The interpretive tradition of debt and credit, argues Anderson, informs one of the most influential treatises on the atonement produced in the western church, St. Anselm of Canterbury’s twelfth-century Cur Deus Homo (Why God Became Man). For Anselm, God holds the bond of indebtedness for humankind’s sins. Through Christ, and specifically through Christ’s suffering, God’s love “overwhelmed the debts of humankind.” Thus the atonement is not the collection of a debt in a punitive sense—with Christ the penal substitute—but rather it is the “self-donation Christ had made out of his love for humanity.” God the creditor remits the Christian’s debt through the gift of the cross of Christ.
Anderson’s argument is provocative, and, as he acknowledges in the first chapter, the evolution of the metaphors of sin as debt and almsgiving as credit have been the source of considerable theological controversy. In particular, when applied to salvation, the language of debt and credit raises questions about how to understand the relationship between human works and divine grace. This was, of course, one of the instrumental problems of the Protestant Reformation, a fact not lost on Anderson. Early in his study he says that careful consideration of how Jewish and Christian thinkers used metaphors of debt and credit should dispense with most of the controversies that emerged with Protestantism. This is not an ancillary point. Throughout the book Anderson returns to what he views as misguided Protestant interpretations of rabbinic and early Christian thought. Implicitly, he also attempts to vindicate centuries-old Catholic beliefs and practices.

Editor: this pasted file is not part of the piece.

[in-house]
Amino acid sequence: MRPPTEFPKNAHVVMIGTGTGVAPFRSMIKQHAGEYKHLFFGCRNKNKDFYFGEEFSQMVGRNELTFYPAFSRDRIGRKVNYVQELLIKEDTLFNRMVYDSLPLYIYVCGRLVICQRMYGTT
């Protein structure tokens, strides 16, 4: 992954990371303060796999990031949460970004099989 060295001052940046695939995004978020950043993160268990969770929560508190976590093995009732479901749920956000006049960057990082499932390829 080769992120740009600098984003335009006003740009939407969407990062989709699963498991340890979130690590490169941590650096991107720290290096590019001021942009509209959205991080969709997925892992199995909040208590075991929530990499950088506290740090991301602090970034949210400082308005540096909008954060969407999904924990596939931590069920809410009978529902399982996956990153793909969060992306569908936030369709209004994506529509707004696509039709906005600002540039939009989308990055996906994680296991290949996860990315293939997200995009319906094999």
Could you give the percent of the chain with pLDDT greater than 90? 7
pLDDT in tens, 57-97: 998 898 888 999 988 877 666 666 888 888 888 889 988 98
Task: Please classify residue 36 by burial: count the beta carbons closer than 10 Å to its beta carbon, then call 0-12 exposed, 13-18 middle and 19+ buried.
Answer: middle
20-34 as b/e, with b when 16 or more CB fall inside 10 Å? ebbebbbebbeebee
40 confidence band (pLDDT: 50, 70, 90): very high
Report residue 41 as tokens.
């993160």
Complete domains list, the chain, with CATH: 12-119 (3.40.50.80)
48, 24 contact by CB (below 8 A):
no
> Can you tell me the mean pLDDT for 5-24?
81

Anderson notes that New Testament scholars who have been “heavily influenced by a Protestant concept of law” tend to “draw an unflattering picture of rabbinic Judaism” (105). Early twentieth-century German scholars Hermann Strack and Paul Billerbeck are singled out as particularly pernicious. The corrective to their “prejudicial Tendenz,” says Anderson, came with the publication of E. P. Sanders’ Paul and Palestinian Judaism in 1977, an important work cited frequently by those insisting Luther and his followers were and are mistaken about the role of the law in justification. Anderson recognizes that “the exalted position of almsgiving in the early apostolic tradition of the church has been something of a stumbling block for Protestants.” But he insists also that Protestants have failed to take “measure of this important theological idea” if they hold almsgiving as a means of divine reconciliation is a departure from the Gospel (153). According to Anderson it is not, and the divisiveness created by the Reformation can be bridged if Protestants would recognize several crucial points: first, alms need not be construed simply as a human work. It “is returning to God what is God’s” (160). Second, doing business with God is never a zero sum game. Treasure in heaven does not operate as a simple cash exchange. The interest paid by God is infinite (and mysterious) in its benefits. And third, almsgiving is not concerned merely with satisfying a penalty but with showing love for God. Hence, almsgiving is an act of worship. Whether or not Anderson changes any Protestant minds remains to be seen. Protestant responses to Anderson’s study of metaphor remain to be seen as well. What is clear is that his work is sure to generate important conversation around a perennially important topic. At minimum it is an impressive educated effort to prove that “ancient Judaism and Christianity did not conceive of almsgiving as an act of Selbsterlosung (“self-redemption”), as it has so often been characterized since the Reformation” (188).
Sin: A History is a serious book that brings scholarly advances in linguistics and the philosophy of language to the problem of how sin and redemption are understood by the church. It is a significant work that should be read by earnest students—Catholic or Protestant—of the Bible and the western theological tradition.